It’s Not You It’s Him by Sophie Ranald
Okie dokie. I read Sorry Not Sorry last summer and had made a mental note to read this one as it was a follow up/through with Tansy and Renzo.
Do I regret it? Not really, but the real question is, did I enjoy it?
It’s Not You It’s Him seems to have a LOT going on. Getting back with an ex, drama at work, drama at home … I had a hard time staying interested because not a lot of detail went into all of the drama going on, very similar to Sorry Not Sorry.
Dissimilar to Sorry Not Sorry, I actually ended up disliking Tansy’s character. She’s rather self-centred and only cares about getting her (apparent) douche-bag boyfriend back so she can be well-to-do. *eye roll* Really, it shouldn’t have taken the entire storyline to figure that one out.
My rating: ★½/5 stars
The Invention of Wings by Sue Monk Kidd
This book takes a strong heart to get through. Set in the early-to-mid-1800’s, The Invention of Wings tells the tale of Sarah Grimke (a real abolitionist) and her slave, Handful (a real slave with a fictitious storyline). Grab a copy with the author’s notes, because it’s worth reading!
Anyway, as I had mentioned, it is a tough read, but it is such an important lesson in history – when slavery was an acceptable practice, as was women not being allowed to speak freely. To loosely quote Handful, “My mind is free but my body isn’t, your body is free but your mind isn’t.” It is hard to believe where the world’s mindset was at 200 years ago, but you have to cheer for Sarah and her sister as they fought for the rights of the slaves.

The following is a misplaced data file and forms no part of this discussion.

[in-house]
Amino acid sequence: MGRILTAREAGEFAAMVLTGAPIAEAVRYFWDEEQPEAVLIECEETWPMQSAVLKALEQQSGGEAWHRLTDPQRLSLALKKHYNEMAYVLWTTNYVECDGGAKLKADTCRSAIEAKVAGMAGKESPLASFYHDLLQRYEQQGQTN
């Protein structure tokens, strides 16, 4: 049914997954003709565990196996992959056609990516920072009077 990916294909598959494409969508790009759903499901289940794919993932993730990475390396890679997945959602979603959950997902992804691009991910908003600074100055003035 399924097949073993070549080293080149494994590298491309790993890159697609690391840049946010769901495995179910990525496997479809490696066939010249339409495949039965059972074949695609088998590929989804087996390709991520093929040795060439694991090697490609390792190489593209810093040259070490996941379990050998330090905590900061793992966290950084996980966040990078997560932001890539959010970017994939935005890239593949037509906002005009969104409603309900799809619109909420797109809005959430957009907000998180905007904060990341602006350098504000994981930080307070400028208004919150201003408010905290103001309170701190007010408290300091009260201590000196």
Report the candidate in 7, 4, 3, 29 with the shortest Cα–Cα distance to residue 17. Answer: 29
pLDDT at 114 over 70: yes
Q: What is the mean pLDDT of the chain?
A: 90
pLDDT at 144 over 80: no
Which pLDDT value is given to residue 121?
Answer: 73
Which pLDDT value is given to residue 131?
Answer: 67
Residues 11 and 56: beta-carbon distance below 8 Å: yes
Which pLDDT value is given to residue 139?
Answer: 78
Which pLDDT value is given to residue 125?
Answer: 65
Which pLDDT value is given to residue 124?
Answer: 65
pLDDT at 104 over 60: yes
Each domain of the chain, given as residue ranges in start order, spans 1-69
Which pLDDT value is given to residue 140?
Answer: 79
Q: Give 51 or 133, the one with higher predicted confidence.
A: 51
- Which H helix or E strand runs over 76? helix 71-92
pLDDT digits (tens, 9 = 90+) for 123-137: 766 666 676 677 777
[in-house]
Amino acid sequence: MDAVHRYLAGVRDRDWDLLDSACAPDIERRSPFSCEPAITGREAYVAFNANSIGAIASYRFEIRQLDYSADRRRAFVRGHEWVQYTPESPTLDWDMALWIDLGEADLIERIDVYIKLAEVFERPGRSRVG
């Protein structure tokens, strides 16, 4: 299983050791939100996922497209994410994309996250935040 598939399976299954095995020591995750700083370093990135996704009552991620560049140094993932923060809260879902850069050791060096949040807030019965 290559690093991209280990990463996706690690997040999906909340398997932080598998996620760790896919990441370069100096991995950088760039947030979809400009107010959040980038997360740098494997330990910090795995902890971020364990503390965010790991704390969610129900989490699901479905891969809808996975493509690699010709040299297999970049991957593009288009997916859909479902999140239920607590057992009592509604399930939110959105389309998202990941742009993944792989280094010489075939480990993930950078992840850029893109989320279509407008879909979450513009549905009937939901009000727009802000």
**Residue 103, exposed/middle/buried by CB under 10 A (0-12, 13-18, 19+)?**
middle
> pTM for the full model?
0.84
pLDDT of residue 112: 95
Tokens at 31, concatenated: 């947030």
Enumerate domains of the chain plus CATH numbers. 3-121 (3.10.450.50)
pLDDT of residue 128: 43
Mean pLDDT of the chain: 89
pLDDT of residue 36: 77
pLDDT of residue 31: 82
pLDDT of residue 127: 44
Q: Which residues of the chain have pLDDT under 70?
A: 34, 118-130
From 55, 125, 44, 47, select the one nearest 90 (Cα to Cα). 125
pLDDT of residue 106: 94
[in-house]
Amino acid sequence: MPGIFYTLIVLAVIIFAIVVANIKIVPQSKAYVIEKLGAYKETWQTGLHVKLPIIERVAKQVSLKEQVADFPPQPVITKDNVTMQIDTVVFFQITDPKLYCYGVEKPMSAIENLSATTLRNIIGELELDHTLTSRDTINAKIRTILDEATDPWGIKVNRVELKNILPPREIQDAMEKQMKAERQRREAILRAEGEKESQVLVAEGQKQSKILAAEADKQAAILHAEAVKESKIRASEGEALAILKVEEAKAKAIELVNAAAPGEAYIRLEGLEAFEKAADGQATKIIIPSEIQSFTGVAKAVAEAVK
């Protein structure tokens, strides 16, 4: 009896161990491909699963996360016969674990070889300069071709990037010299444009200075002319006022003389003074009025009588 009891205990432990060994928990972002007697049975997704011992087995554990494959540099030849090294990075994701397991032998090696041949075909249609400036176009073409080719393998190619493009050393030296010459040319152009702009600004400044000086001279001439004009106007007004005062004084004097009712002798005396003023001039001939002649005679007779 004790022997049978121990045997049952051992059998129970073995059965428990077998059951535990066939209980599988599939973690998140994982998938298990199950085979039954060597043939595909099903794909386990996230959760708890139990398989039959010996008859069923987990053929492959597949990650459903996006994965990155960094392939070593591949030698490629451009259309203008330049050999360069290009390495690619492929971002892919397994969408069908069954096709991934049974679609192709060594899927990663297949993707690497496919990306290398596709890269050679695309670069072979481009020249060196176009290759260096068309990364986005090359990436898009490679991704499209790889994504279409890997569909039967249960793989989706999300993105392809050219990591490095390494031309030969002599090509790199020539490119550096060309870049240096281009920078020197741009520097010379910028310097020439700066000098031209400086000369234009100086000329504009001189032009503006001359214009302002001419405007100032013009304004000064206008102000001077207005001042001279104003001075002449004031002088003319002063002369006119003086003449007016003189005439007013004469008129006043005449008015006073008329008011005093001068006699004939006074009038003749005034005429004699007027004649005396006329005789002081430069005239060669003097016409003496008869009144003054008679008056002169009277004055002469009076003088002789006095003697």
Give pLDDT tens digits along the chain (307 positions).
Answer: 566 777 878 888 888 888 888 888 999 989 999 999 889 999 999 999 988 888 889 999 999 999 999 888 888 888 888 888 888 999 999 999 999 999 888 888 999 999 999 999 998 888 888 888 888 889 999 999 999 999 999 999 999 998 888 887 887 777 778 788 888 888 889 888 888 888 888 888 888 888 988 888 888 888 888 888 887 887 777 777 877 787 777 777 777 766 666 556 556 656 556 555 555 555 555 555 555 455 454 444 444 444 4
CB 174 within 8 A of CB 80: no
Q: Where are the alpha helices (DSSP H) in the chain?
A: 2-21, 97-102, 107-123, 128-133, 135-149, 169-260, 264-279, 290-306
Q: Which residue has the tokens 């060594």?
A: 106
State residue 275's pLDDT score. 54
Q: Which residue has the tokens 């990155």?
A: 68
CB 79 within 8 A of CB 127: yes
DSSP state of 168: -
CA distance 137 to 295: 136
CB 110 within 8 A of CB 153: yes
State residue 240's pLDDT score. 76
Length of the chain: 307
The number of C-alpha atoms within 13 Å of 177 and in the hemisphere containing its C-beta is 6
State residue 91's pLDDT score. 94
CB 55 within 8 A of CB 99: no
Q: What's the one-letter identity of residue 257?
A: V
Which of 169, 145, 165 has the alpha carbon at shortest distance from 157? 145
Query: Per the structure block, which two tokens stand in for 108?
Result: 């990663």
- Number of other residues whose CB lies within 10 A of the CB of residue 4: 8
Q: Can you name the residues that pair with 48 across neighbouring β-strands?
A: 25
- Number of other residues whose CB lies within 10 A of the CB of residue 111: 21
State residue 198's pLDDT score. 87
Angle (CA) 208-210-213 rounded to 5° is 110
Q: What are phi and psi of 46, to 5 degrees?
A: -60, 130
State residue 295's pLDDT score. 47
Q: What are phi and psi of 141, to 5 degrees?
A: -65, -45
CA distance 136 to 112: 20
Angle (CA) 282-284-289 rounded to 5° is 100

I think it’s remarkable that Kidd, a white woman from the south, hit the nail on the head with this book, which wonderfully weaves fact and fiction together; I could feel Handful’s pain and Sarah’s desires equally and never felt that Kidd was biased towards one character over another.
As a Canadian, we don’t extensively learn about the history of slavery in the United States, so I was amazed when I discovered that Sarah Grimke and her crusades were real. The world was, and sadly still is, full of awful people who don’t see their fellow human as equals. The world still needs more people like Ms. Grimke.
My rating: ★★★★★/5 stars
The Handmaid’s Tale by Margaret Atwood
Am I the last person on this planet to read anything by Margaret Atwood? Probably. I’ll also let it be known right away that I have not seen the tv series, but knowing that it was quite popular it inspired me to pick up The Handmaid’s Tale and give it a go.
To say I enjoyed this book would be a bit of a stretch, but that’s not to say I didn’t find it interesting. Anything regarding a dystopia needs to be absorbed slowly and carefully. First it was understanding how women’s roles changed back to something beyond the times of suffrage, and wrapping your head around that. Then it was getting used to Offred’s narrative and how she floated in and out of the past and present.
There are so many things about The Handmaid’s Tale that I found interesting that I can’t really mention without spoiling it for anyone who lives under the same rock I do and hasn’t read and/or watched the series. I will say that I was captivated by Offred’s story and was curious to see if she would ever find what she was looking for. It was also a shocker to see where Atwood took this hyper-religious, post-apocalyptic world. It was a little creepy in quite a few ways but not in a manner that made me want to stop reading.
Maybe the series is better than the book and offers more insight of the Handmaid’s literal tale, but Atwood’s original work just didn’t hit me the way I thought it would’ve.
My rating: ★★★/5 Stars